THERE is no doubt that the Kingdom of Saudi Arabia and its capacity as the engine of the Gulf region will continue to be the regional and global center of attention because of its huge role in the global economy. Due to this, opinions are plenty concerning any development that takes place in Saudi Arabia.
This is particularly when considering the situation of the region, whether in terms of decline in the oil prices and its overall financial effect on the regional countries, or the economic financial crisis and its repercussions on the region.
Therefore, the royal decrees of financial nature, which were issued few days ago by the Custodian of the Two Holy Mosques King Salman bin Abdulaziz, were of interest for the GCC countries because such decrees not only rejuvenate the Saudi market but also the GCC market.
Such decisions can only be understood by those who know how to tackle emergency situations without impacting the daily lives of common people, especially when spending on high-profit feasible projects for the state and its citizens, not the kind of decisions that are ineffective after 20 or 25 years. These decisions are part of Saudi Arabia’s plans for those who were striving to take advantage of it.
A lot was being said — without facts — throughout the past few months regarding financial scarcity, reaching a point where it almost led people into believing the Bedouin adage “When people talk about the scarcity of water, they die of thirst”. This is due to many unsubstantiated ideas on which observers based their opinions.
This happened despite the recent statements made by the Saudi Finance Minister concerning the government’s move to disburse delayed dues to companies, which was a positive indication but did not stop the pessimists due to lack of their ability in conducting proper analysis on the economic and financial facts concerning Saudi’s financial circle.
They did not even take into account the country’s reputation in the global capital markets, the demand for buying its long-term debt bonds, and the level of manifold coverage of it despite having low-interest returns.
Today, the royal decrees remind all of us of the vow that King Salman made in the past, which affirms the ability of Saudi Arabia to overcome any economic turns regardless of the intensity. This is because the country’s GDP is about two trillion riyals and it enjoys huge financial ability, which makes it capable of fulfilling its financial obligations.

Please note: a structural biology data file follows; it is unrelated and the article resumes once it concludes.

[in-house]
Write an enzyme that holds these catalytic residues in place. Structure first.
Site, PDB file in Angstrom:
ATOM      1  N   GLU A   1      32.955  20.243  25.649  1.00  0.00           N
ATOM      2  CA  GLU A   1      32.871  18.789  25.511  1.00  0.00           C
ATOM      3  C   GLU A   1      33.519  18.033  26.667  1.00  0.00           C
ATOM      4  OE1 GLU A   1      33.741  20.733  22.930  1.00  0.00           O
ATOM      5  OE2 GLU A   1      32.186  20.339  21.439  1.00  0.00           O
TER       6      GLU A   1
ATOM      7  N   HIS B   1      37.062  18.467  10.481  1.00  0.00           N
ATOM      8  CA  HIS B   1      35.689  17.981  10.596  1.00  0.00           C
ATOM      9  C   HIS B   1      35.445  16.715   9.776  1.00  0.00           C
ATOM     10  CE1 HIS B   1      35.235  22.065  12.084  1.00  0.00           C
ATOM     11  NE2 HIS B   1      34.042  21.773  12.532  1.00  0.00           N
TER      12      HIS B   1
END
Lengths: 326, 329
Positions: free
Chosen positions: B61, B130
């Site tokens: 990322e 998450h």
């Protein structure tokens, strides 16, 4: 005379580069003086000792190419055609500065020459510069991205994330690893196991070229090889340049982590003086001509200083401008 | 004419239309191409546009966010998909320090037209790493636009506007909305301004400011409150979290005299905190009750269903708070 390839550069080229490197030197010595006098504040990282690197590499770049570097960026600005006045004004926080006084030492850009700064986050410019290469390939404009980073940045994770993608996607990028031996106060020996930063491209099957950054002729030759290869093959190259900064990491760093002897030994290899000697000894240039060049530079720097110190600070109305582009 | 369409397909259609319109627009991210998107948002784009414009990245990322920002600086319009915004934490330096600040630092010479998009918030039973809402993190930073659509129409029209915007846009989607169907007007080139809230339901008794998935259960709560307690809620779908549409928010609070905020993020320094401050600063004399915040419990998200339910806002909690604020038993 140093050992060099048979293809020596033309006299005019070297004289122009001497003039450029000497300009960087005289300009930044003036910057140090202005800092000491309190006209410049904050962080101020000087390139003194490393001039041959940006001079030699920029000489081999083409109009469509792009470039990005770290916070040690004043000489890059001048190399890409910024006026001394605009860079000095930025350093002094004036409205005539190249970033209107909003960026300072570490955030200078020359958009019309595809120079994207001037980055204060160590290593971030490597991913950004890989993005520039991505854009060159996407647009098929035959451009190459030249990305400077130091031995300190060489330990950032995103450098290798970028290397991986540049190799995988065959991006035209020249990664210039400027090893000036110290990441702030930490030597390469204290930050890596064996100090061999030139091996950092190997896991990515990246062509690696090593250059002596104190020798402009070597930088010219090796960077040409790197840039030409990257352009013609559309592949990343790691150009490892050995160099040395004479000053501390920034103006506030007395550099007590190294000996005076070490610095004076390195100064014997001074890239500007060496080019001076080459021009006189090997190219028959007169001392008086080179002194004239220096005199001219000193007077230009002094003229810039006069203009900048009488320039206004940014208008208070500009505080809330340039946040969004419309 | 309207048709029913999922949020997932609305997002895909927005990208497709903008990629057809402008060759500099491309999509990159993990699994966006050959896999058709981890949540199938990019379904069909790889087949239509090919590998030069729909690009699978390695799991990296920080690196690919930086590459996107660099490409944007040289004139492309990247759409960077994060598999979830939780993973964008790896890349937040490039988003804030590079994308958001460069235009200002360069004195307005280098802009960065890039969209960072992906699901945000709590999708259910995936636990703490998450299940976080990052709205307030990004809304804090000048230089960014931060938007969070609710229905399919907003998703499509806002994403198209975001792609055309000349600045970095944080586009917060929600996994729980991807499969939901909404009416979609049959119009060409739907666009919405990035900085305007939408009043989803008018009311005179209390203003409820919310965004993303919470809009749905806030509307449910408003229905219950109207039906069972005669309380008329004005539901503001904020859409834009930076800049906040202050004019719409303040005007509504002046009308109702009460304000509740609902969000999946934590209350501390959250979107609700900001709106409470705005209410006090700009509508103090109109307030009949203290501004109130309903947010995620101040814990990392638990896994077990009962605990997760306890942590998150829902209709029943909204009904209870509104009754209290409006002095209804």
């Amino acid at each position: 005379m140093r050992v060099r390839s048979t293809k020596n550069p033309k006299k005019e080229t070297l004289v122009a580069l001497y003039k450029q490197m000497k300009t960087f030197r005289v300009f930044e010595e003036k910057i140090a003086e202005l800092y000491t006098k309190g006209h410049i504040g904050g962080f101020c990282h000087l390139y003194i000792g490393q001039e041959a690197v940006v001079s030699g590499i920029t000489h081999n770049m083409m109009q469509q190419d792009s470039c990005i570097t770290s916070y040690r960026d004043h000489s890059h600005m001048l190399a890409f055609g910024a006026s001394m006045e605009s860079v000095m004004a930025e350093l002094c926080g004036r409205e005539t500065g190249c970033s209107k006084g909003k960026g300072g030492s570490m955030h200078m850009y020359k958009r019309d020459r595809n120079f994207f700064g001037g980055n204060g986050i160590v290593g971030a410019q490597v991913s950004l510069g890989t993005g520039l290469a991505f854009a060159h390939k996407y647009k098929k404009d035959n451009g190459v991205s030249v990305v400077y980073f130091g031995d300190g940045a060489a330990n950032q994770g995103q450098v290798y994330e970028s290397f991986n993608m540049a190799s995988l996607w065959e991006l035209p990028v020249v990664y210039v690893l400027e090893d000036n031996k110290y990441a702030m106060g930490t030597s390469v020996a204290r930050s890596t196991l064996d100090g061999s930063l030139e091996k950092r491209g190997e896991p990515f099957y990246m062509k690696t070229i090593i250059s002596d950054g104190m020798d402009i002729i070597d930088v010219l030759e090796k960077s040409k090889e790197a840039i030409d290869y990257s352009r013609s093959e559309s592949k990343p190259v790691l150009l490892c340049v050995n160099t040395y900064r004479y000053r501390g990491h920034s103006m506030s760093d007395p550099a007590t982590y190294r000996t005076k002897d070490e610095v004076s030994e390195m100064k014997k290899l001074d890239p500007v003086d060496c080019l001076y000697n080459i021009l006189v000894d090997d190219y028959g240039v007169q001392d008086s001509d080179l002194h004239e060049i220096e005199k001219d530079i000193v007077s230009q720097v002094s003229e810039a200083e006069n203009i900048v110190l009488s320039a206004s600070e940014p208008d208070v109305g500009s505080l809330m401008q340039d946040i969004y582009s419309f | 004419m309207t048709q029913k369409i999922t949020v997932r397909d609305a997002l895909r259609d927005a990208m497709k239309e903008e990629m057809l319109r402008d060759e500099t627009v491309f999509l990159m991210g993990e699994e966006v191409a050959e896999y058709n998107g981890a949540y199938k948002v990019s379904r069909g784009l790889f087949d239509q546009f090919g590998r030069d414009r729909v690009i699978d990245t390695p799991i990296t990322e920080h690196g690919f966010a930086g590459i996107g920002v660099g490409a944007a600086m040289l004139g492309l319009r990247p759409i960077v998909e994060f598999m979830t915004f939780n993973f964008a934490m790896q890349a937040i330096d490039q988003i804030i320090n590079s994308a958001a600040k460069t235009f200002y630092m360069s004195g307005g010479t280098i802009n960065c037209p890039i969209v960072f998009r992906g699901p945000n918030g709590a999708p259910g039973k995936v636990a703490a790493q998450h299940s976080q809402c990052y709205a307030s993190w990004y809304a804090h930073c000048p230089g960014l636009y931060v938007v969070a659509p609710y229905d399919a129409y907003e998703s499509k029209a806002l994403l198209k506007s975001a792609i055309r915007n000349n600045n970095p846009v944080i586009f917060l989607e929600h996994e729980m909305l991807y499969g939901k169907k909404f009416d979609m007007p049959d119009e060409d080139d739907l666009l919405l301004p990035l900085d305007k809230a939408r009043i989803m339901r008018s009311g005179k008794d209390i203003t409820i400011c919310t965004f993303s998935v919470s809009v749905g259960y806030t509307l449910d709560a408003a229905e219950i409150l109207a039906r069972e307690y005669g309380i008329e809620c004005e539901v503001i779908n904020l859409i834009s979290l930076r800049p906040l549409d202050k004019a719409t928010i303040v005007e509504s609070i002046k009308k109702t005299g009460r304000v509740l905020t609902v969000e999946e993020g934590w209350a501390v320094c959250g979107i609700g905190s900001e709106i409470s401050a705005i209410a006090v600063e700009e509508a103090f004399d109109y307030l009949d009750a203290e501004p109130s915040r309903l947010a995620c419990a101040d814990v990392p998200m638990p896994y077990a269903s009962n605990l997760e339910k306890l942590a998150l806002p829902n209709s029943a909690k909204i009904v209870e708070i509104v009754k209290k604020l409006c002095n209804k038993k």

As per economy studies, restraint in money flow and lack of spending are two causes for financial crises. Unfortunately, when some unknowingly arise to analyze the economic decisions, they attempt to support their ideas with scientific principles, forgetting the historic context of the nature by which the country is managed.
Therefore, they misread these decisions. A testimony to that is the decision taken by King Salman to suspend the issuance of allowances and bonuses, which was considered by critics as the final decision and the start of an economy crisis.
However, the government was clear in its statement, indicating restoration of bonuses and allowances when the economic circumstances that influenced such decisions diminish.
Some of those who expected “scarcity of water” were wrong, even when the rain did not come in its usual season. Such wrong expectations almost made people die of thirst. Credit goes to those who realized from the beginning that the measures being taken are only temporary in order to recalibrate the budget balance of the country by cutting down unnecessary expenditures.
Now that the economic circumstances which had existed at that time no longer exist, those who benefitted are the ones who had betted on the ability of Saudi Arabia to overcome this passing economic crisis. It is because of their faith in Saudi Arabia, which should be the principal faith of all Saudis and Gulf nationals.
By Ahmed Al-Jarallah
Editor-in-Chief, the Arab Times